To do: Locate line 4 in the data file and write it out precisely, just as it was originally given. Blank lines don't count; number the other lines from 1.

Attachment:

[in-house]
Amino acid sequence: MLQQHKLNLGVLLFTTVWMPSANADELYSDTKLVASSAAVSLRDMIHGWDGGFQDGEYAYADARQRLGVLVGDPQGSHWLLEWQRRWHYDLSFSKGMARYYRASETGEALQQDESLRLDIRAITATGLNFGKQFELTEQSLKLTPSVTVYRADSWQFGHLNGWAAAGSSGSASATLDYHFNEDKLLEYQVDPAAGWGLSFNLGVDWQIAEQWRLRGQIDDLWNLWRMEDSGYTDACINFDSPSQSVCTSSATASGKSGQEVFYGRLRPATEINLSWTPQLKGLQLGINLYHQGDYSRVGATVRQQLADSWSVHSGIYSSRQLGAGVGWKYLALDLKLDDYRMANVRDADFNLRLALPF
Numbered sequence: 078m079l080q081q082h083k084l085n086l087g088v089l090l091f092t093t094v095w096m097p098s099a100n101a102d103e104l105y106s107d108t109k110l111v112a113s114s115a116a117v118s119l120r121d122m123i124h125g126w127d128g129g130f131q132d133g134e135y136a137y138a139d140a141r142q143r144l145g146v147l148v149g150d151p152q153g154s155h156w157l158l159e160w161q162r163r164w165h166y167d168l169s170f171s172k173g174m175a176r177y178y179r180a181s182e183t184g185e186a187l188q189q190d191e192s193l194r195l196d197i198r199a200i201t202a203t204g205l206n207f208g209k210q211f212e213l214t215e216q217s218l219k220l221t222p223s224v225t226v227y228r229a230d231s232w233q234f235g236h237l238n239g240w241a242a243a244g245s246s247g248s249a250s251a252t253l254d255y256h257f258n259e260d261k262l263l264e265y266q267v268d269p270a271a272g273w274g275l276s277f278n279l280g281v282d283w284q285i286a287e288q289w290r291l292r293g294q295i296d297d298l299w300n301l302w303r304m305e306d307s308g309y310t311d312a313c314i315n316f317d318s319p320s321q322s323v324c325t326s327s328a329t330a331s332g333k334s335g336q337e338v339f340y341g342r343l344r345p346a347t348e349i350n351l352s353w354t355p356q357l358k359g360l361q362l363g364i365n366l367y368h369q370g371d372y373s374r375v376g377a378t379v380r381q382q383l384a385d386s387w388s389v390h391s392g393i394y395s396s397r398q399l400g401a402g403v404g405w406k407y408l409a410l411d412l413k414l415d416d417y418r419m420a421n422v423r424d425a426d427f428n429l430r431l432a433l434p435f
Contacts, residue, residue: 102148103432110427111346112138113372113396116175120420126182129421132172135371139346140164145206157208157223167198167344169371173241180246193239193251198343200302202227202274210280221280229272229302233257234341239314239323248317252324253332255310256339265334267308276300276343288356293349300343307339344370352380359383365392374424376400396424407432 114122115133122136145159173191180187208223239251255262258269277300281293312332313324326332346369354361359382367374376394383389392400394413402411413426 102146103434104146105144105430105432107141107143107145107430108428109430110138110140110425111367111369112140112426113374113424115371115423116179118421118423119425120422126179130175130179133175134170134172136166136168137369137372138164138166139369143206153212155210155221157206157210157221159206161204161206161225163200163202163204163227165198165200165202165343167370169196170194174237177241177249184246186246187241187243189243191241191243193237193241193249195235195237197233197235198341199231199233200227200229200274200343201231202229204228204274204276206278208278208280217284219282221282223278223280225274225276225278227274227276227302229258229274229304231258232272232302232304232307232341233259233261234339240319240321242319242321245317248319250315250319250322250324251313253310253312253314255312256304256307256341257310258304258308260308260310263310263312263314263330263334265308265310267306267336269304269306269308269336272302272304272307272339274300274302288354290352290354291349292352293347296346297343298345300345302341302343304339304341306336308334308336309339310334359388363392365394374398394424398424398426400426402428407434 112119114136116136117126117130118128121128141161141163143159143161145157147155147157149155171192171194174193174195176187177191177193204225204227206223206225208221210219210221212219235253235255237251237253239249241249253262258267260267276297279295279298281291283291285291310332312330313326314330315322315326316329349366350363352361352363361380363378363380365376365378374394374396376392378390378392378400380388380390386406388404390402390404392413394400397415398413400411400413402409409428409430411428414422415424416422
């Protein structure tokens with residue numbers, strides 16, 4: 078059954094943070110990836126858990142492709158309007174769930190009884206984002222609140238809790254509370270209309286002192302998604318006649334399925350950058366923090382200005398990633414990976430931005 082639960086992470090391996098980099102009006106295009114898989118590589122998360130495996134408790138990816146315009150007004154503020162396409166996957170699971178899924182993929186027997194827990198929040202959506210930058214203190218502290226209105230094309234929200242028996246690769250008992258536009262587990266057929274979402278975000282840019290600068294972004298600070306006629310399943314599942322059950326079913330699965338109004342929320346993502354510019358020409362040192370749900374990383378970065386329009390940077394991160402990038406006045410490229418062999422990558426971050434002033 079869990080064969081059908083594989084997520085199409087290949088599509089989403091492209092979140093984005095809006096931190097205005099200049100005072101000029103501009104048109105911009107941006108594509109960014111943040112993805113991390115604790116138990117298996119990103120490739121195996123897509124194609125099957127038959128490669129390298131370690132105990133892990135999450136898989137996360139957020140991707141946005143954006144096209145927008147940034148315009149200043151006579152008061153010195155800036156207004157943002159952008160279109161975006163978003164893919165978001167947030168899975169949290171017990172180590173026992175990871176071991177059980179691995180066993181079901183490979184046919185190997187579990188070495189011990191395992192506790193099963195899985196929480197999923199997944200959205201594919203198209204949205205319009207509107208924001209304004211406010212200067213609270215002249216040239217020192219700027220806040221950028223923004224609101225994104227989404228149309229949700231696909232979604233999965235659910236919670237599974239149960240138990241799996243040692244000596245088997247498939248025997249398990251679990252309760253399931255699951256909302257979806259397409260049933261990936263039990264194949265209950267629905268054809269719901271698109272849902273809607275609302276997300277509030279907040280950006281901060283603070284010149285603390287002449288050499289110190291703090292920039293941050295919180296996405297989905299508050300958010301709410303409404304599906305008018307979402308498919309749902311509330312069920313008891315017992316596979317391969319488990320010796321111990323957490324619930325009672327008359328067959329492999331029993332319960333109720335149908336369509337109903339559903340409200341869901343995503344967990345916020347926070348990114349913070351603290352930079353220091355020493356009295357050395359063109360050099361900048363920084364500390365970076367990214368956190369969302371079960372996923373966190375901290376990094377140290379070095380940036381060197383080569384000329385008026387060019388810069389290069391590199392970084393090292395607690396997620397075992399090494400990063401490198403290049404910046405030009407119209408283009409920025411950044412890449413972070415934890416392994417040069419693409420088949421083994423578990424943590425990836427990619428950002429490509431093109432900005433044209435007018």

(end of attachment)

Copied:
Contacts, residue, residue: 102148103432110427111346112138113372113396116175120420126182129421132172135371139346140164145206157208157223167198167344169371173241180246193239193251198343200302202227202274210280221280229272229302233257234341239314239323248317252324253332255310256339265334267308276300276343288356293349300343307339344370352380359383365392374424376400396424407432 114122115133122136145159173191180187208223239251255262258269277300281293312332313324326332346369354361359382367374376394383389392400394413402411413426 102146103434104146105144105430105432107141107143107145107430108428109430110138110140110425111367111369112140112426113374113424115371115423116179118421118423119425120422126179130175130179133175134170134172136166136168137369137372138164138166139369143206153212155210155221157206157210157221159206161204161206161225163200163202163204163227165198165200165202165343167370169196170194174237177241177249184246186246187241187243189243191241191243193237193241193249195235195237197233197235198341199231199233200227200229200274200343201231202229204228204274204276206278208278208280217284219282221282223278223280225274225276225278227274227276227302229258229274229304231258232272232302232304232307232341233259233261234339240319240321242319242321245317248319250315250319250322250324251313253310253312253314255312256304256307256341257310258304258308260308260310263310263312263314263330263334265308265310267306267336269304269306269308269336272302272304272307272339274300274302288354290352290354291349292352293347296346297343298345300345302341302343304339304341306336308334308336309339310334359388363392365394374398394424398424398426400426402428407434 112119114136116136117126117130118128121128141161141163143159143161145157147155147157149155171192171194174193174195176187177191177193204225204227206223206225208221210219210221212219235253235255237251237253239249241249253262258267260267276297279295279298281291283291285291310332312330313326314330315322315326316329349366350363352361352363361380363378363380365376365378374394374396376392378390378392378400380388380390386406388404390402390404392413394400397415398413400411400413402409409428409430411428414422415424416422